Tuesday, December 28, 2021

Writers: Tips on Selling Books at Bazaars & Fairs

Strive Not to Be a Success,
But to Be of Value.

                                           Albert Einstein
By Linda Wilson

This holiday season I joined with two other children’s authors to share a table at two holiday bazaars held at local high schools. It was my first time. I learned a lot, had loads of fun, and am thrilled that I’ve found a good way to sell my books in person. Up until now, I’ve been working on a marketing plan to interest readers online on social media sites and elsewhere, and to be honest, I haven’t even scratched the surface. While I continue to market my books online, I have decided it’s worth it to pursue marketing locally as well.

Here is a list of the items to consider:

City permit and/or state license: Check to see what permits and/or licenses are required in your area.
Books: Order copies in advance.
Square: Google “Square Reader” to see if your phone works with a free reader. All three of us used Squares at the fair. We did run into a problem, though, of having on-and-off service because we were situated in the middle of the building. Sales were made by stepping close to the door or outside. To advertise that you accept Square, fit a square sticker that comes with Square into a frame to display on the table.
Change: Make sure you have enough change for cash sales. Note: Keep track of purchases and which books were sold.
Take your favorite pen: Purchasers seemed delighted to receive signed copies, so you might have a favorite pen you want to take specifically for this.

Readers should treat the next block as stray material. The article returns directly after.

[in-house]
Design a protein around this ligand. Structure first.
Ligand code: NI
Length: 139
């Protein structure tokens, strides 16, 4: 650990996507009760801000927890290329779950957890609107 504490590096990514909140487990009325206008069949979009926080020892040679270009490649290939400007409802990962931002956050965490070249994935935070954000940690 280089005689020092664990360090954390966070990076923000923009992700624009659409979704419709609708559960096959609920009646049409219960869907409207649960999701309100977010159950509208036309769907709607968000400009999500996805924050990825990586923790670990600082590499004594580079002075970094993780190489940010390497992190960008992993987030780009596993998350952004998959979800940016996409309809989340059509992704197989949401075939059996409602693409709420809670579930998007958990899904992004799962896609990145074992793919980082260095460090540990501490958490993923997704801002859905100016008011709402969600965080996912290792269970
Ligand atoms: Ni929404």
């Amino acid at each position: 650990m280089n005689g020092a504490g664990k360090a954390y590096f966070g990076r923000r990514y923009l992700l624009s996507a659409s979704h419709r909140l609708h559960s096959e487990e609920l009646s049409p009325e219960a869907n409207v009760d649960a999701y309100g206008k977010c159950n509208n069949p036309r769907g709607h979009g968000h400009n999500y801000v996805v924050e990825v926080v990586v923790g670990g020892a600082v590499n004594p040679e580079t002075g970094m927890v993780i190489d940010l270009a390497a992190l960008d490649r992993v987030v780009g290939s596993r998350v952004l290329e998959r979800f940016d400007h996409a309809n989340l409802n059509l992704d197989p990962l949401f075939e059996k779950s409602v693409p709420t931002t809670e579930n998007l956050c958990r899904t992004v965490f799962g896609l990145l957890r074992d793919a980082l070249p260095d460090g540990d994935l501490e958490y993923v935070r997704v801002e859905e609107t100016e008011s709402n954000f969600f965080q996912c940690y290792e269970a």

Table: Check to see if you need to take your own table. About two tables, 40x40, which we brought, gave us the room we needed for our display.
Tablecloth and small decorations for the season.
Stool: Having a higher perch than a chair enabled me to sell while seated. The others using regular chairs had to stand and sit frequently throughout the day.
Sign-up sheet and pen: Each purchaser can sign their email address so you can send them your newsletters.
Posters: Foam-backed posters are available at Staples of your book covers at a low cost.
Poster stands and an upright stand: These stands help advertise your books and the upright stand on the table allows customers to see the books easily. Also, we made stacks of books set in neat rows across our areas.
Price sign: A colorful way to advertise the price of your books is to make cut outs with bright, neon paper. I made my cut out a star design with a bright pink background and a bright yellow star inside the pink star, with the price written in bright purple marker.
Misc. marketing materials: Bookmarks, pens, stickers, etc. I created my own To-do pad by splitting 3x3 post-its pads into about three sections, adhering my business card to a business-card-size magnetic card that I bought at Amazon Prime. The business card adheres to the magnetic card, then I taped the back of the magnetic card to the section of post-its with strong double-sided tape. On the top post-it I stamped an illustration and a quote from my first book in bright red. I bought the stamps and ink from RubberStamps.net. I gave the To-do pads to purchasers.
Candy: Put candy out in a colorful dish.